There is a tenant in criminal law that proclaims that it is better to let one guilty man go free than it is to convict ten innocent men. That is the core of our legal system. Innocent until proven guilty. Everyone deserves an impartial judgement of their peers regardless of the heinousness of the crime. The burden of proof does not fall upon the accused. It falls upon the state. No punitive action may be taken until the state proves beyond reasonable doubt that the accused actually performed the deed in question.
This is a good philosophy. It keeps the government from becoming a tyranny that arbitrarily and capriciously renders judgement based upon its own purposes. Anything else results in something other and more sinister than a democracy.
Voter fraud; the act of voting under false pretense either as posing as a non-citizen, another person, or voting more than once, is a concern and election offices in states take great pains to prevent it from happening. Likewise people have to go to a little bit of trouble in order to vote. For example, I recently moved and my state sent me a letter alerting me of my inability to vote until I register in the district of my new address. They went to extra measures to ensure that I have the ability to vote provided that I follow the rules in place that prevent fraudulent meddling. Several years ago, they questioned my signature and had me come in and resubmit my signature in person to verify that I was actually who I purported to be. But that was my democratic leaning state of Oregon.
Florida, on the other hand, has taken a different approach by electing to purge voters from the voter registration rolls under the auspices of eliminating voter fraud. It should come as no surprise that this is happening just prior to the November presidential election. They are taking the extra step of requiring that people prove that they are US citizens citing concerns based upon specious data such as the Department of Vehicle Registration rolls. They claim that illegal immigrants are voting in droves as the justification for taking such extreme mitigative actions. Both state and federal judges have told Florida that their actions have gone too far and Florida Republicans have essentially said, in their best Dick Cheney impression, ‘So?’.
The thing is, there is no statistical evidence that rampant voter fraud has occurred. Even wannabe Quixotic political conservative James O’Keefe tried to purposely perpetuate voter fraud with the intent of making that case. He failed and got nailed. Why he hasn’t been jailed is still a mystery. The penalty for being caught fraudulently voting is pretty steep and that keeps most people from trying it. That, and the fact that there’s no immediate reward keep voter fraud at a minimum. Unless you’re being paid well by a third party, voter fraud really isn’t worth the trouble.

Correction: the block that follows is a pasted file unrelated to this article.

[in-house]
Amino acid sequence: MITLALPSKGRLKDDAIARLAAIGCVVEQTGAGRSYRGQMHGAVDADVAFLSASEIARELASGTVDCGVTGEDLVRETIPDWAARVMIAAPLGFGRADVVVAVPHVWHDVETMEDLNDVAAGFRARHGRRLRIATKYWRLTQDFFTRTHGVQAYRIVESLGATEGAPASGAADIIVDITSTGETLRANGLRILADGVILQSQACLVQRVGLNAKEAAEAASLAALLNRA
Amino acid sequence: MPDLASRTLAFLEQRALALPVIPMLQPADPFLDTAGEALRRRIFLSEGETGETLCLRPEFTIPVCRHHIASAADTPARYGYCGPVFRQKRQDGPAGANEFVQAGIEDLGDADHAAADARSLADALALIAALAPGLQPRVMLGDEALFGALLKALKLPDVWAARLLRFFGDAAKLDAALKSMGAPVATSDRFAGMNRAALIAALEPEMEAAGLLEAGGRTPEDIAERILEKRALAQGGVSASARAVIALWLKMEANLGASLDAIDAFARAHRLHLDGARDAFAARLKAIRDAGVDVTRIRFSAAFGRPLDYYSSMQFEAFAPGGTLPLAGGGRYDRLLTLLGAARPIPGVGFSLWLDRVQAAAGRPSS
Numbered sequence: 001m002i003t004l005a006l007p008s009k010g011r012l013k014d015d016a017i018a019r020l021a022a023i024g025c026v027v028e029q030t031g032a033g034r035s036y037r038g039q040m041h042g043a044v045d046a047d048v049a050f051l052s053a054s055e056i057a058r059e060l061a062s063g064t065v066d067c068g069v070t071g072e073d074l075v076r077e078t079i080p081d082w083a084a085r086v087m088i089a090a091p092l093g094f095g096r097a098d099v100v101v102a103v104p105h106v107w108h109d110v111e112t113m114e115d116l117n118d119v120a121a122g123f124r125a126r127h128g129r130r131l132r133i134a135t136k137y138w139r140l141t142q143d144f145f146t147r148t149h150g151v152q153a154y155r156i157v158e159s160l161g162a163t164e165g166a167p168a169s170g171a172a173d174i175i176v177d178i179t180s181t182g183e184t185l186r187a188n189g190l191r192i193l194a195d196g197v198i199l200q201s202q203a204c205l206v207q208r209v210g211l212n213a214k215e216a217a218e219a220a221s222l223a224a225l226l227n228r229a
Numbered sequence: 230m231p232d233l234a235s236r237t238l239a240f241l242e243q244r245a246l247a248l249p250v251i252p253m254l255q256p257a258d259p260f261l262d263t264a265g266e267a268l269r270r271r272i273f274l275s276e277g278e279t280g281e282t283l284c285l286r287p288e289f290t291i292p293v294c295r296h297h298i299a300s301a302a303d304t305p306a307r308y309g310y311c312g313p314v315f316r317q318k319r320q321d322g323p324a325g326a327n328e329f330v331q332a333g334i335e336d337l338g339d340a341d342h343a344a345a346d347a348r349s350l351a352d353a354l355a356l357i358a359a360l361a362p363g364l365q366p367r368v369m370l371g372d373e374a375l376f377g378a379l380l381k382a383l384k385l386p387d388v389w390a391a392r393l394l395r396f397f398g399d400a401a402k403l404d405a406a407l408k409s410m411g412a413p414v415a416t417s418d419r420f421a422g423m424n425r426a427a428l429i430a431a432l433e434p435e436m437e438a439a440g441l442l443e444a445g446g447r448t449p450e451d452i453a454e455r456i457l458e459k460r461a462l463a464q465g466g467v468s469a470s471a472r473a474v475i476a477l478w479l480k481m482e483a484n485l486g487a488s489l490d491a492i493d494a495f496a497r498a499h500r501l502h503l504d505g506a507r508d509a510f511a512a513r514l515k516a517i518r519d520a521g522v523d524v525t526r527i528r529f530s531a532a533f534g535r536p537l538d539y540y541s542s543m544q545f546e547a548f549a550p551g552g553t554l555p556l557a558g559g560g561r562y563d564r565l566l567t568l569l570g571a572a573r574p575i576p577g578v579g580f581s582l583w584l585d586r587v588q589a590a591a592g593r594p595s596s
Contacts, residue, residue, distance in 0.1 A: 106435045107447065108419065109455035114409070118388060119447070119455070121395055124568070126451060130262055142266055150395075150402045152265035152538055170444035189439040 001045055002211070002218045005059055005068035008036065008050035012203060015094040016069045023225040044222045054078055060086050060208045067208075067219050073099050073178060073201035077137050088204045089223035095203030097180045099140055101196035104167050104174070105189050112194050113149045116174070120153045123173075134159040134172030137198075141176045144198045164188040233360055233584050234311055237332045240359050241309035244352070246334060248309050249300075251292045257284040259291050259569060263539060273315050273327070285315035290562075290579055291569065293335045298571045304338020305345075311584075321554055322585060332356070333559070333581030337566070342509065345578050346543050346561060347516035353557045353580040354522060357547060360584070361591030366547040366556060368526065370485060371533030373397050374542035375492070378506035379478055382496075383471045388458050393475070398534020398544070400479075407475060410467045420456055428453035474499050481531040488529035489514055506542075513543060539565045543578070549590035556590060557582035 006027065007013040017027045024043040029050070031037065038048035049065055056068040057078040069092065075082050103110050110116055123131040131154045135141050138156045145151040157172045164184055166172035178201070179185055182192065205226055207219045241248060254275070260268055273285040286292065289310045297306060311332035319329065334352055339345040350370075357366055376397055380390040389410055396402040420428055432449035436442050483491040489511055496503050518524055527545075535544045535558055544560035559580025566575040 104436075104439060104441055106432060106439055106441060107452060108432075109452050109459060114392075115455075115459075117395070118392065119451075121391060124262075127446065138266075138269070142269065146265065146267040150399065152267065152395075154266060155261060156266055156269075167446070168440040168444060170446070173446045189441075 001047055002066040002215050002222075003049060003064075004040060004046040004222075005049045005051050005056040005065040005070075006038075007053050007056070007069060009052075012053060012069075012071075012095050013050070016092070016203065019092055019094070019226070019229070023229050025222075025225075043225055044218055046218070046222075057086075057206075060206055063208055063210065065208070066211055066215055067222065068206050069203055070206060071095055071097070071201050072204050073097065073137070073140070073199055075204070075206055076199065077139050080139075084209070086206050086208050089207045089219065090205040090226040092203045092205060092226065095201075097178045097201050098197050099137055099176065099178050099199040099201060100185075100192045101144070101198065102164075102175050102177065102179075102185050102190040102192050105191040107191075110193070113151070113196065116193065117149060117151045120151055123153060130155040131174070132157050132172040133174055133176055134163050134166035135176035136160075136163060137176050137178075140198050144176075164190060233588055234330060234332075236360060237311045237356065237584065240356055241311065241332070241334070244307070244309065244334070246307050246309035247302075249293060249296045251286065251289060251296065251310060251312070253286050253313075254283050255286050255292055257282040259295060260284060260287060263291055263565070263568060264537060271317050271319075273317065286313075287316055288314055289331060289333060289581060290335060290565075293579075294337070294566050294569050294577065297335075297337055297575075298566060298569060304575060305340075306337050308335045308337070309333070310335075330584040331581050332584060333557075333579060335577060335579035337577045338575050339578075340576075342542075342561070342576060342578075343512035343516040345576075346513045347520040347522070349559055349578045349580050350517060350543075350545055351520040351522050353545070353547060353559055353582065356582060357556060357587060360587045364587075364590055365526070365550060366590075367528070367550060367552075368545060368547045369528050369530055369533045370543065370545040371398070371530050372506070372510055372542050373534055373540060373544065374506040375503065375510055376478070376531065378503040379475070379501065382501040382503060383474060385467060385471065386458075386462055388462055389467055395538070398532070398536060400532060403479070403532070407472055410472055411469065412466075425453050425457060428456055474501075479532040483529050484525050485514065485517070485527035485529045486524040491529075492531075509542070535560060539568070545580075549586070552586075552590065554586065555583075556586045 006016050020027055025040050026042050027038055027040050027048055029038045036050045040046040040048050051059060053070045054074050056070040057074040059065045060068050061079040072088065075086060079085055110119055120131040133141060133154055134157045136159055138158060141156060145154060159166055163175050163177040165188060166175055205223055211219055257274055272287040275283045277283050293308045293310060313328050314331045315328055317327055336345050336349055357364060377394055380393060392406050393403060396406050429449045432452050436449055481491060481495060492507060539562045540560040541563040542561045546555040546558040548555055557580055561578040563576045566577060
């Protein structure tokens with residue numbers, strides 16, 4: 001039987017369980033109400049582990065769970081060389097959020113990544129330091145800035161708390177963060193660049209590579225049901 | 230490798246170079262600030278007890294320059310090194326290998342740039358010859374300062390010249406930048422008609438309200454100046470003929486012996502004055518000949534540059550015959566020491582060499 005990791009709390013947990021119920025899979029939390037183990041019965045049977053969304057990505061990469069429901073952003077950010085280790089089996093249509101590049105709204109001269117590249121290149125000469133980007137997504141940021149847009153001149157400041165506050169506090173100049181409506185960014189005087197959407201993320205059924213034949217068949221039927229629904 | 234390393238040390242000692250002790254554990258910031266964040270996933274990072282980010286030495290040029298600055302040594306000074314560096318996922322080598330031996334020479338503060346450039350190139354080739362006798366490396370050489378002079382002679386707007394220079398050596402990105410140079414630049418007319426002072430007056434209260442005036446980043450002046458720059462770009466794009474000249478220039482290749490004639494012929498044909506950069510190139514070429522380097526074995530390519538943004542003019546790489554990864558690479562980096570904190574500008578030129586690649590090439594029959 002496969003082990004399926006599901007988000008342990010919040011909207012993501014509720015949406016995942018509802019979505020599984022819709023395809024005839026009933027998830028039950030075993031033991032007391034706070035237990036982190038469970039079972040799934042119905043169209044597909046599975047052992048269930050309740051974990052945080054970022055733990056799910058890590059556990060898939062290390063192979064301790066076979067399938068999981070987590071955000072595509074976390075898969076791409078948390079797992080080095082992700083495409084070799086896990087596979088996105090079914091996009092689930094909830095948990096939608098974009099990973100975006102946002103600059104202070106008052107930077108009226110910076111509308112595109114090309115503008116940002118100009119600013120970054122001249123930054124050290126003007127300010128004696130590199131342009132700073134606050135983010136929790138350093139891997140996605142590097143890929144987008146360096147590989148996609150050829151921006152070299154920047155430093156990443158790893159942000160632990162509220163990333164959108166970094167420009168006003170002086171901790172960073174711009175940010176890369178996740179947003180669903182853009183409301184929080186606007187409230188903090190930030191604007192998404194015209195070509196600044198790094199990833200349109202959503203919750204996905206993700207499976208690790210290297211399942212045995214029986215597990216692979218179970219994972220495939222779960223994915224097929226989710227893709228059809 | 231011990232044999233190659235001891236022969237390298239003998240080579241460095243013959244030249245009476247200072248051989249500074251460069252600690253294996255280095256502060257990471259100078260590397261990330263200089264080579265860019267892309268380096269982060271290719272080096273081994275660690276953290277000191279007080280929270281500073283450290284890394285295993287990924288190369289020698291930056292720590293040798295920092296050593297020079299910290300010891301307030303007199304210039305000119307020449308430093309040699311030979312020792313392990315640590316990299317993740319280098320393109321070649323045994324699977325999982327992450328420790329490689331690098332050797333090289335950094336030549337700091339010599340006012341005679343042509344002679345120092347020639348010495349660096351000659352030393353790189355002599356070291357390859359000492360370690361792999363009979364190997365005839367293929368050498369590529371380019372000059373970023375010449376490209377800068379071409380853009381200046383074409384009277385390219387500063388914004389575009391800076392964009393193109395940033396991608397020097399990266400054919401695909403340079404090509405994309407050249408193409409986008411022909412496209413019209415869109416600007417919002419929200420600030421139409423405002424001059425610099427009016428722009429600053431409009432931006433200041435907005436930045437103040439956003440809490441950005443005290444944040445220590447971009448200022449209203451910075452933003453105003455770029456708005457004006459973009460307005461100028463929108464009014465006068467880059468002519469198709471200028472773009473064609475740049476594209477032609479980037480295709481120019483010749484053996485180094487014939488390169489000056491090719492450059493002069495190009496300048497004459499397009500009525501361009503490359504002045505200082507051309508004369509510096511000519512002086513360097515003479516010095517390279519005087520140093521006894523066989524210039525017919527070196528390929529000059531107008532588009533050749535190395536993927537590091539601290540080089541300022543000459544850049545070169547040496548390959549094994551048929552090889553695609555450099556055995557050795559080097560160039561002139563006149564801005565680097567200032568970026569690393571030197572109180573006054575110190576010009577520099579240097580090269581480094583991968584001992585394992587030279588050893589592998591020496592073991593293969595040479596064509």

The 2010 conservative backlash has brought about all manner of reprisals from Republican state governments concerning laws that restrict voter access under the auspices of mitigating voter fraud. The end result is that it will discourage citizens from voting. It puts too many barriers in front of voters who typically tend to be Democrats.
Voter fraud makes for a good excuse to institute these draconian procedures. Just as Republican Governors in other states such as Wisconsin, Ohio, Maine, and Texas are instituting laws to limit early voting, making it more difficult to register to vote, gerrymandering districts to dilute or concentrate particular demographics and in Florida’s case, making voters prove that they exist at all. The burden has been increasingly placed upon the shoulders of the voter to prove their eligibility. But it should be up to the state to bear that burden. Just as in criminal cases it is up to the state to prove that voter fraud has been perpetuated. If they can prove fraud has taken place then they can pursue punitive measures right up to invalidating the allegedly falsely elected official’s candidacy. What they cannot do is pursue punitive measures upon the innocent based upon an unjustified fear. The state cannot use the potential for voter fraud to invalidate innocent voters. What Florida is doing is unconstitutional. Perhaps they’ve become accustomed to getting away with it. See Bush v. Gore, 2000.
Which begs the question; just what is the motive behind Florida’s voter purge? Given that voter fraud isn’t that big of a problem, why would Florida want to purge these people from the voter rolls? Florida is once again a swing state. It is in the position to influence the results of the 2012 presidential election. And once again, if you can’t win on the merits. win on the technicalities. Win dirty. Because Republicans, as they would like you to believe, aren’t afraid of voter fraud; they’re afraid becoming irrelevant for a long time. And they’re prepared to take any measures available to prevent that.
They’re afraid of losing.
- The GOP Sees Dead People – Voting (slate.com)
- Florida purging voter rolls (salon.com)
- DOCUMENTARY PROOF: James O’Keefe’s Latest Video Is A Fraud (thinkprogress.org)
- James O’Keefe proves, again, voter fraud is a Republican stunt (dailykos.com)
- Florida judge blocks parts of “onerous” voter registration law – CBS News (cbsnews.com)
- Voter Fraud in Florida (washingtonmonthly.com)